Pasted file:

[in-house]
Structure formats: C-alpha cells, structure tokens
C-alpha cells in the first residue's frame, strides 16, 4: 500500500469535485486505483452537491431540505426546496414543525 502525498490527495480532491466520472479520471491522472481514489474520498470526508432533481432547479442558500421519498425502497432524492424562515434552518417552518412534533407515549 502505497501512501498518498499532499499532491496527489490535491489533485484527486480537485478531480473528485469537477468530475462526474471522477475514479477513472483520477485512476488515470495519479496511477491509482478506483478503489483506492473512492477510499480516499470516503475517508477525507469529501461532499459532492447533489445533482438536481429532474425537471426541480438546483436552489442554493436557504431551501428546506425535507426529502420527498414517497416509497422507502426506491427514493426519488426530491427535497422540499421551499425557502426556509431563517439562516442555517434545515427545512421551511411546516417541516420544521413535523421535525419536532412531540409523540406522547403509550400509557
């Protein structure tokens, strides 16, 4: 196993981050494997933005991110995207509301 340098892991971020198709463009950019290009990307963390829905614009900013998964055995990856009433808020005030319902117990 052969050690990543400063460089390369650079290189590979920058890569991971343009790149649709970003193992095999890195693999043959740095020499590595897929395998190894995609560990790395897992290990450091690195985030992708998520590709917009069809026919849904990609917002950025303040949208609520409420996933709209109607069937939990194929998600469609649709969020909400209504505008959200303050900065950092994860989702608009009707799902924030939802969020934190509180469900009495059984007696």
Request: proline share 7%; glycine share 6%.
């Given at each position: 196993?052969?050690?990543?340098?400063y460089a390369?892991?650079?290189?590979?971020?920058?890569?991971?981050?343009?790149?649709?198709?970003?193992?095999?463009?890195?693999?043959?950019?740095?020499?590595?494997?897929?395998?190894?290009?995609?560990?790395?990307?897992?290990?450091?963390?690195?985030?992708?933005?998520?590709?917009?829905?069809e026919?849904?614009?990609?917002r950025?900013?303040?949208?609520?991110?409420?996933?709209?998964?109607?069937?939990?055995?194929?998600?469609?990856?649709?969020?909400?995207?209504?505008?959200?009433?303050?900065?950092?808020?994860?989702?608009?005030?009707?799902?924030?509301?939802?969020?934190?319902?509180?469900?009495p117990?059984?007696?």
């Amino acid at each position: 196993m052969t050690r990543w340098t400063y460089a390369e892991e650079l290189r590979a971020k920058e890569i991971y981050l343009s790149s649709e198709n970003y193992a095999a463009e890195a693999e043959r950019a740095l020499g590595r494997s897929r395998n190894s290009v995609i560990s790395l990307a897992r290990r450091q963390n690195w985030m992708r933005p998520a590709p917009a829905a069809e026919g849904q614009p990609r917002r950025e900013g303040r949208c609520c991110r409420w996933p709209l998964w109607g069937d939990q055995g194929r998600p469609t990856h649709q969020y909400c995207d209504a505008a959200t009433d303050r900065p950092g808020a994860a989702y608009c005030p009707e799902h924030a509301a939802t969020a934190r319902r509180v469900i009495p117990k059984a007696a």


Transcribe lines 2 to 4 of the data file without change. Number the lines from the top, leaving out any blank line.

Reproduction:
Structure formats: C-alpha cells, structure tokens
C-alpha cells in the first residue's frame, strides 16, 4: 500500500469535485486505483452537491431540505426546496414543525 502525498490527495480532491466520472479520471491522472481514489474520498470526508432533481432547479442558500421519498425502497432524492424562515434552518417552518412534533407515549 502505497501512501498518498499532499499532491496527489490535491489533485484527486480537485478531480473528485469537477468530475462526474471522477475514479477513472483520477485512476488515470495519479496511477491509482478506483478503489483506492473512492477510499480516499470516503475517508477525507469529501461532499459532492447533489445533482438536481429532474425537471426541480438546483436552489442554493436557504431551501428546506425535507426529502420527498414517497416509497422507502426506491427514493426519488426530491427535497422540499421551499425557502426556509431563517439562516442555517434545515427545512421551511411546516417541516420544521413535523421535525419536532412531540409523540406522547403509550400509557
């Protein structure tokens, strides 16, 4: 196993981050494997933005991110995207509301 340098892991971020198709463009950019290009990307963390829905614009900013998964055995990856009433808020005030319902117990 052969050690990543400063460089390369650079290189590979920058890569991971343009790149649709970003193992095999890195693999043959740095020499590595897929395998190894995609560990790395897992290990450091690195985030992708998520590709917009069809026919849904990609917002950025303040949208609520409420996933709209109607069937939990194929998600469609649709969020909400209504505008959200303050900065950092994860989702608009009707799902924030939802969020934190509180469900009495059984007696």